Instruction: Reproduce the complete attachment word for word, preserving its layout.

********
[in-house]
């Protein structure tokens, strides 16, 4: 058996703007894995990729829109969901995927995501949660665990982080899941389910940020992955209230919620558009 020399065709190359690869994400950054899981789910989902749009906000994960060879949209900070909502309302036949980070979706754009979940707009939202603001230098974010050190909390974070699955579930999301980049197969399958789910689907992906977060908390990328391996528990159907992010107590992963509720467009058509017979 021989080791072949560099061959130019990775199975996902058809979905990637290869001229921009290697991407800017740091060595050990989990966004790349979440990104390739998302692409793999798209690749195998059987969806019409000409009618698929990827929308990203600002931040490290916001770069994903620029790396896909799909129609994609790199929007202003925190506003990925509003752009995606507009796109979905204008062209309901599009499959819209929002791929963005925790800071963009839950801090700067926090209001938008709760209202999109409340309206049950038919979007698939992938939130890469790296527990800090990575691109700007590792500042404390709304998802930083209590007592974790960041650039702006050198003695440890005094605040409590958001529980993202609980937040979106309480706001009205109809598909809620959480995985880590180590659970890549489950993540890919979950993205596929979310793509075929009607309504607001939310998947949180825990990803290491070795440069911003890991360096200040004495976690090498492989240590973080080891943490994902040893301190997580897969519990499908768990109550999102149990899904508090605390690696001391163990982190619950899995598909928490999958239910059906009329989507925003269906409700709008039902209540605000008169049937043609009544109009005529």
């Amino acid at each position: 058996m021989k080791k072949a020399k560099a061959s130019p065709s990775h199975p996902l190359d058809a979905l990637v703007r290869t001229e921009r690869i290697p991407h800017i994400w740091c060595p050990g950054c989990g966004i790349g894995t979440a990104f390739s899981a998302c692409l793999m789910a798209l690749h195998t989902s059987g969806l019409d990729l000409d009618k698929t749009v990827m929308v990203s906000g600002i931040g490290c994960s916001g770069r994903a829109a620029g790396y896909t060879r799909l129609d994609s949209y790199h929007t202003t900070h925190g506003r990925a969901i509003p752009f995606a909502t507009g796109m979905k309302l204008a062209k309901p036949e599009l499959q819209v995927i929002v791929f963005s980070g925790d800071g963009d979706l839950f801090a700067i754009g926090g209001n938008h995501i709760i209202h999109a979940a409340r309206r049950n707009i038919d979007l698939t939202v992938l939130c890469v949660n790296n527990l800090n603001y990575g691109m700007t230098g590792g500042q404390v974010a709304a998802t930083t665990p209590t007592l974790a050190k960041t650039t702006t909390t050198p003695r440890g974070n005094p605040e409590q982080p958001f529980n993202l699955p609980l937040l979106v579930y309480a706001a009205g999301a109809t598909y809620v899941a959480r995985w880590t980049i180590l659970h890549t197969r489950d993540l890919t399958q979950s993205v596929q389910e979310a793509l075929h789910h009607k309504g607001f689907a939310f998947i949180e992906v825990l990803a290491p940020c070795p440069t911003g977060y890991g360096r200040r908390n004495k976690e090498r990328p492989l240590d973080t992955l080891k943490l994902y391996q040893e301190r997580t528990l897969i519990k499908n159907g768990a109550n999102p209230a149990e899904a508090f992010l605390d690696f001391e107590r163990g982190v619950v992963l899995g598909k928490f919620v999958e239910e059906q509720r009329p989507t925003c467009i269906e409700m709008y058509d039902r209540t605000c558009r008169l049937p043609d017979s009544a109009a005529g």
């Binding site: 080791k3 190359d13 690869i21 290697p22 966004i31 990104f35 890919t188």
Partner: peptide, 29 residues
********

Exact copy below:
[in-house]
């Protein structure tokens, strides 16, 4: 058996703007894995990729829109969901995927995501949660665990982080899941389910940020992955209230919620558009 020399065709190359690869994400950054899981789910989902749009906000994960060879949209900070909502309302036949980070979706754009979940707009939202603001230098974010050190909390974070699955579930999301980049197969399958789910689907992906977060908390990328391996528990159907992010107590992963509720467009058509017979 021989080791072949560099061959130019990775199975996902058809979905990637290869001229921009290697991407800017740091060595050990989990966004790349979440990104390739998302692409793999798209690749195998059987969806019409000409009618698929990827929308990203600002931040490290916001770069994903620029790396896909799909129609994609790199929007202003925190506003990925509003752009995606507009796109979905204008062209309901599009499959819209929002791929963005925790800071963009839950801090700067926090209001938008709760209202999109409340309206049950038919979007698939992938939130890469790296527990800090990575691109700007590792500042404390709304998802930083209590007592974790960041650039702006050198003695440890005094605040409590958001529980993202609980937040979106309480706001009205109809598909809620959480995985880590180590659970890549489950993540890919979950993205596929979310793509075929009607309504607001939310998947949180825990990803290491070795440069911003890991360096200040004495976690090498492989240590973080080891943490994902040893301190997580897969519990499908768990109550999102149990899904508090605390690696001391163990982190619950899995598909928490999958239910059906009329989507925003269906409700709008039902209540605000008169049937043609009544109009005529």
């Amino acid at each position: 058996m021989k080791k072949a020399k560099a061959s130019p065709s990775h199975p996902l190359d058809a979905l990637v703007r290869t001229e921009r690869i290697p991407h800017i994400w740091c060595p050990g950054c989990g966004i790349g894995t979440a990104f390739s899981a998302c692409l793999m789910a798209l690749h195998t989902s059987g969806l019409d990729l000409d009618k698929t749009v990827m929308v990203s906000g600002i931040g490290c994960s916001g770069r994903a829109a620029g790396y896909t060879r799909l129609d994609s949209y790199h929007t202003t900070h925190g506003r990925a969901i509003p752009f995606a909502t507009g796109m979905k309302l204008a062209k309901p036949e599009l499959q819209v995927i929002v791929f963005s980070g925790d800071g963009d979706l839950f801090a700067i754009g926090g209001n938008h995501i709760i209202h999109a979940a409340r309206r049950n707009i038919d979007l698939t939202v992938l939130c890469v949660n790296n527990l800090n603001y990575g691109m700007t230098g590792g500042q404390v974010a709304a998802t930083t665990p209590t007592l974790a050190k960041t650039t702006t909390t050198p003695r440890g974070n005094p605040e409590q982080p958001f529980n993202l699955p609980l937040l979106v579930y309480a706001a009205g999301a109809t598909y809620v899941a959480r995985w880590t980049i180590l659970h890549t197969r489950d993540l890919t399958q979950s993205v596929q389910e979310a793509l075929h789910h009607k309504g607001f689907a939310f998947i949180e992906v825990l990803a290491p940020c070795p440069t911003g977060y890991g360096r200040r908390n004495k976690e090498r990328p492989l240590d973080t992955l080891k943490l994902y391996q040893e301190r997580t528990l897969i519990k499908n159907g768990a109550n999102p209230a149990e899904a508090f992010l605390d690696f001391e107590r163990g982190v619950v992963l899995g598909k928490f919620v999958e239910e059906q509720r009329p989507t925003c467009i269906e409700m709008y058509d039902r209540t605000c558009r008169l049937p043609d017979s009544a109009a005529g």
């Binding site: 080791k3 190359d13 690869i21 290697p22 966004i31 990104f35 890919t188």
Partner: peptide, 29 residues